Herald: Officers demand halt to army cuts

Discussion in 'Current Affairs, News and Analysis' started by MrPVRd, Sep 29, 2005.

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  1. http://www.theherald.co.uk/politics/47924.html

    17,500 short? 8O

  2. I think if the situation is so serious these senior officers still serving need to find a LOUD way of voicing their concerns but not break QR's. I remember the Irish army used their wives as the officers themselves could not speak out.
  3. I doubt that the Regulations were made namely by her Majesty. Some unknown clerks in fact have invented them. So why the Queen was mentioned. Why can't be these regulations simply one of laws (passed by parliament)?
  4. Some figures, please bear with me:

    Our current Infantry operational commitments are as follows:

    Iraq: 5 x Battalions
    Afghanistan: 1 x Battalion
    NI (Non-Resident battalions): 1 x Battalion
    FRY: 1 x Battalion

    TOTAL Commitment: 8 x Battalions, each away for 6 months.

    I haven't even mentioned the Independent Coy Commitments (2 x Coys in Iraq, 1 in FI - effectively another Battalion) or what happens if the HRR Battalion deploys. Furthermore I haven't taken into account future commitments such as Afghanistan etc.

    Current policy is that you should get a MINIMUM of two years off between each 6 month tour in order to train and have some sort of quality of life. In other words the Infantry should only have 20% of its strength deployed at any one time. Therefore in order to support this 8 x Battalion commitment, you need a force of... 40 x battalions. At present there are 40 battalions in the British Army plus 3 Commandos in the RM, giving a total of 43 deployable Infantry units. However we're now going to be cut to 39; even if we get out of NI and FRY, we're still only going to release 2 x Units for future operations. Can somebody please explain how this makes us better and more deployable?

    I know that this isn't news to anybody, but for a Government obsessed with statistics and targets I think that this makes our current anger a bit more understandable.

    Incidentally there's no need to edit this post - all the information quoted is in the public domain.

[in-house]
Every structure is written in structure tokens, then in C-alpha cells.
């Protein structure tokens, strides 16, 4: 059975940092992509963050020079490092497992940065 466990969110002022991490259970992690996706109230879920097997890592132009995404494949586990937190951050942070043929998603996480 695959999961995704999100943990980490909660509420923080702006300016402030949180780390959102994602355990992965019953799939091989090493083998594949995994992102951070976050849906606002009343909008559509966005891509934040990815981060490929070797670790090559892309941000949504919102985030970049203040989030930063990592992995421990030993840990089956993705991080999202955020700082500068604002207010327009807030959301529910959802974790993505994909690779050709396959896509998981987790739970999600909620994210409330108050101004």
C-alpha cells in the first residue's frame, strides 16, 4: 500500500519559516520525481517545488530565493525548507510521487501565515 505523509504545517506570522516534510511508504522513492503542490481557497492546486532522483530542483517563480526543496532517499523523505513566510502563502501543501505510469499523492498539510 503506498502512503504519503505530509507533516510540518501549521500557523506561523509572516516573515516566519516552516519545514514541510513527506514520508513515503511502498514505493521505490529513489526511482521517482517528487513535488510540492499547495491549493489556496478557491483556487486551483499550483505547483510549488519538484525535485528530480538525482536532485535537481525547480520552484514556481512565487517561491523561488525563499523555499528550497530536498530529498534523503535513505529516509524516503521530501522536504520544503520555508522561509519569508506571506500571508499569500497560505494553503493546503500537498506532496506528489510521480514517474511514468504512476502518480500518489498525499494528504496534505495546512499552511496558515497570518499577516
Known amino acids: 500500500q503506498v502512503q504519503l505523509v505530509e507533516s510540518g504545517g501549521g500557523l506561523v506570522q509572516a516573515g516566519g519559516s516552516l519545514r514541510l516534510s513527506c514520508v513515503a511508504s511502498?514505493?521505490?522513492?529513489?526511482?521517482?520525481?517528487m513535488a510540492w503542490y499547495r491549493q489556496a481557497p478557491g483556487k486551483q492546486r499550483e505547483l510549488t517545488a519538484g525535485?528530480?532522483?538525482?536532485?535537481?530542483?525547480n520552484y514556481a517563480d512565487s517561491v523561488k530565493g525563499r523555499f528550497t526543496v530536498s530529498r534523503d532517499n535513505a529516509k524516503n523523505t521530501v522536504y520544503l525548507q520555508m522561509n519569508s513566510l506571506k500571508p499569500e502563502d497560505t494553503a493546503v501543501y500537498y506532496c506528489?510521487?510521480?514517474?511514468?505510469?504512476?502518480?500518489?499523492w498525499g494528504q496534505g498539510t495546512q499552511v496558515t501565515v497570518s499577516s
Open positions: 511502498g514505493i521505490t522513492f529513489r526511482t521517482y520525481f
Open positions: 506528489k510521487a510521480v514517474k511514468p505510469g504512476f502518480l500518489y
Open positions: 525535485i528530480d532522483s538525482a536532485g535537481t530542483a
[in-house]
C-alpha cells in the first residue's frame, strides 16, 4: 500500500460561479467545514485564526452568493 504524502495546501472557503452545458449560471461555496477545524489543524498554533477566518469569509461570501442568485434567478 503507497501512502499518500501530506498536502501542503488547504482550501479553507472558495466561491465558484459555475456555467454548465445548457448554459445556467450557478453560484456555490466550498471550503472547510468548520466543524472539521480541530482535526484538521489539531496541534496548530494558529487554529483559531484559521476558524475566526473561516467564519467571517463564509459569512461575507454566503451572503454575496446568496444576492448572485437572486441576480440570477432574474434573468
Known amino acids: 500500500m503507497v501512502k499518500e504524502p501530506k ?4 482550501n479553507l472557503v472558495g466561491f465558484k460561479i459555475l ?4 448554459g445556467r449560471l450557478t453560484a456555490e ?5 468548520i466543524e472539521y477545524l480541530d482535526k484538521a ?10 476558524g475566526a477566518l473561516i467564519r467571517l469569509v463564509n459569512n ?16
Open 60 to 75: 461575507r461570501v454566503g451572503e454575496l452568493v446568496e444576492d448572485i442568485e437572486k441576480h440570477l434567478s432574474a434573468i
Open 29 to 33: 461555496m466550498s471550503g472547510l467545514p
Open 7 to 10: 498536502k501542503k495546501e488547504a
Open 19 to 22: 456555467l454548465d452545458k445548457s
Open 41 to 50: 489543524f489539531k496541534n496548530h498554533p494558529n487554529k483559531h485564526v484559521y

5. Despite what Tony Bliar believes and his intentions to disolve it, this Great Country of Ours is still a Monarcy. We, as Soldiers are responsible to the Queen first and HER Government second. The Oath that these Officers signed and the Queen's commision that they hold prevents them from speaking out, not for fear of the regulations. It's about pride, duty and belief in the Army that allows them to maintain their dignity. There endith the lesson!
  6. Quite so, Bravo2Nothing. One has got to explain occasionally to our Russian friend and other johnny foreigners how our system is.
  7. That's correct, Vonshot, this was over pay around 15 years ago.

    I imagine cutting battalions will not only affect operational committments, but will also have an effect on recruitment (as has already been mentioned here). Is the situation in Iraq affecting recruitment in any serious way as recruitment is being affected in the US?
  8. I though the acceptable thing to do was to resign, then speak out?

    Not enough senior officers ballsy enough to do that, or do they feel that they are better of staying in and trying to influence things that way?
  9. Ummm, Tim Collins, to a degree? This is the perennial question. The first time I came up against it was in the mid seventies when Service pay was horrendously bad and we were losing people in droves. The (reported) meeting of the then Chiefs of Staff contained the suggestion that they should resign rather than continue to implement Government policy. The (alledged) response was that they shouldn't do so as they would simply be replaced by men who would obey. Now, take your choice: they were either honourable men who elected to fight from within the system or they were time serving apparachiks concerned for their future honours and sinecures once they left the Service.........
  10. Goatman

    Goatman LE Book Reviewer

    um....its nothing to do with the present monarch Cagey.......Queen's Regulations is the name for Service law ( individual to each Service) ..... when the monarch is male they are called King's Regs......but I doubt there are any serving personnel who have known anything but Queen's Regs( invariably shortened to QRs) in their lifetime , as Queen Elizabeth II has been on the throne since 1952.

    I suspect the original Queen's Regs date back to Queen Victoria's accession in 1837, unless a copy was issued under Queen Anne in the early 18th Century.

    PS: who does this guy remind you of Tovarisch ?[​IMG]

    Slava Bogu !

    Lee Shaver